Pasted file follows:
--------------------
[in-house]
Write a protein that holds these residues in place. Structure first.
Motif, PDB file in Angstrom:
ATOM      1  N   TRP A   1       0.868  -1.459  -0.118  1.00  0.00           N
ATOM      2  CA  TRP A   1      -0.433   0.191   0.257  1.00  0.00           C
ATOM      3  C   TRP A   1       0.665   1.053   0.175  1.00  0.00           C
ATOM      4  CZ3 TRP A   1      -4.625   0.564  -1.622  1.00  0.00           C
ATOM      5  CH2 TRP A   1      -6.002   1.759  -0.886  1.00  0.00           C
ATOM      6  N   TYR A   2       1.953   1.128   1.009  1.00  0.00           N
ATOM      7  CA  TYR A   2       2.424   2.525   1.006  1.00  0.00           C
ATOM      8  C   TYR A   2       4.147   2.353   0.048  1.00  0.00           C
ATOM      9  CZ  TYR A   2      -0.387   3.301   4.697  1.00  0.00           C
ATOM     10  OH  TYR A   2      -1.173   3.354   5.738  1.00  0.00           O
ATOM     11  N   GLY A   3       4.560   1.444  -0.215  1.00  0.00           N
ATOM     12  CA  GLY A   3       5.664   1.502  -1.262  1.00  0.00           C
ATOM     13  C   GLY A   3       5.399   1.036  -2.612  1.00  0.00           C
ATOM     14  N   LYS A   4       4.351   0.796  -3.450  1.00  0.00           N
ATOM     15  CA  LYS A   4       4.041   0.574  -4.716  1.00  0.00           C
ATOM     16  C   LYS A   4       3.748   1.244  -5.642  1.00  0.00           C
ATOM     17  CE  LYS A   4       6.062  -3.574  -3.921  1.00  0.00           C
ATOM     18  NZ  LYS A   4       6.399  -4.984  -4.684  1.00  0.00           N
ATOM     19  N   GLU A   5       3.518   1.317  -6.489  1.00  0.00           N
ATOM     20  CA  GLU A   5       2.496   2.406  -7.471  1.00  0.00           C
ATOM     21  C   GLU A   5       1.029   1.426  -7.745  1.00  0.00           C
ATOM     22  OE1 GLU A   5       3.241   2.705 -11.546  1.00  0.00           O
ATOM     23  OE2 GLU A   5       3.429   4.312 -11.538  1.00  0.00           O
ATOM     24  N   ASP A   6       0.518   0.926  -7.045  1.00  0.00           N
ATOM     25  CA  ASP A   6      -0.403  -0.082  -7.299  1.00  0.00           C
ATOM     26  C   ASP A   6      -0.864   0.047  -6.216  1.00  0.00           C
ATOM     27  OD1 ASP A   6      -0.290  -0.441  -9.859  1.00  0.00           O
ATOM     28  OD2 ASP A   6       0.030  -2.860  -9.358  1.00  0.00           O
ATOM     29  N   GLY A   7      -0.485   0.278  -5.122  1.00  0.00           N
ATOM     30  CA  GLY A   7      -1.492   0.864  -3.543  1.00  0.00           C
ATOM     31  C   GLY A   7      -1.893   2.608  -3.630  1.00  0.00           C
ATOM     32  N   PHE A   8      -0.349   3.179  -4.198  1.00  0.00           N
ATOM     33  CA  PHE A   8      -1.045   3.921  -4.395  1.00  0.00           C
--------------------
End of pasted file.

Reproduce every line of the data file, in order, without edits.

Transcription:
[in-house]
Write a protein that holds these residues in place. Structure first.
Motif, PDB file in Angstrom:
ATOM      1  N   TRP A   1       0.868  -1.459  -0.118  1.00  0.00           N
ATOM      2  CA  TRP A   1      -0.433   0.191   0.257  1.00  0.00           C
ATOM      3  C   TRP A   1       0.665   1.053   0.175  1.00  0.00           C
ATOM      4  CZ3 TRP A   1      -4.625   0.564  -1.622  1.00  0.00           C
ATOM      5  CH2 TRP A   1      -6.002   1.759  -0.886  1.00  0.00           C
ATOM      6  N   TYR A   2       1.953   1.128   1.009  1.00  0.00           N
ATOM      7  CA  TYR A   2       2.424   2.525   1.006  1.00  0.00           C
ATOM      8  C   TYR A   2       4.147   2.353   0.048  1.00  0.00           C
ATOM      9  CZ  TYR A   2      -0.387   3.301   4.697  1.00  0.00           C
ATOM     10  OH  TYR A   2      -1.173   3.354   5.738  1.00  0.00           O
ATOM     11  N   GLY A   3       4.560   1.444  -0.215  1.00  0.00           N
ATOM     12  CA  GLY A   3       5.664   1.502  -1.262  1.00  0.00           C
ATOM     13  C   GLY A   3       5.399   1.036  -2.612  1.00  0.00           C
ATOM     14  N   LYS A   4       4.351   0.796  -3.450  1.00  0.00           N
ATOM     15  CA  LYS A   4       4.041   0.574  -4.716  1.00  0.00           C
ATOM     16  C   LYS A   4       3.748   1.244  -5.642  1.00  0.00           C
ATOM     17  CE  LYS A   4       6.062  -3.574  -3.921  1.00  0.00           C
ATOM     18  NZ  LYS A   4       6.399  -4.984  -4.684  1.00  0.00           N
ATOM     19  N   GLU A   5       3.518   1.317  -6.489  1.00  0.00           N
ATOM     20  CA  GLU A   5       2.496   2.406  -7.471  1.00  0.00           C
ATOM     21  C   GLU A   5       1.029   1.426  -7.745  1.00  0.00           C
ATOM     22  OE1 GLU A   5       3.241   2.705 -11.546  1.00  0.00           O
ATOM     23  OE2 GLU A   5       3.429   4.312 -11.538  1.00  0.00           O
ATOM     24  N   ASP A   6       0.518   0.926  -7.045  1.00  0.00           N
ATOM     25  CA  ASP A   6      -0.403  -0.082  -7.299  1.00  0.00           C
ATOM     26  C   ASP A   6      -0.864   0.047  -6.216  1.00  0.00           C
ATOM     27  OD1 ASP A   6      -0.290  -0.441  -9.859  1.00  0.00           O
ATOM     28  OD2 ASP A   6       0.030  -2.860  -9.358  1.00  0.00           O
ATOM     29  N   GLY A   7      -0.485   0.278  -5.122  1.00  0.00           N
ATOM     30  CA  GLY A   7      -1.492   0.864  -3.543  1.00  0.00           C
ATOM     31  C   GLY A   7      -1.893   2.608  -3.630  1.00  0.00           C
ATOM     32  N   PHE A   8      -0.349   3.179  -4.198  1.00  0.00           N
ATOM     33  CA  PHE A   8      -1.045   3.921  -4.395  1.00  0.00           C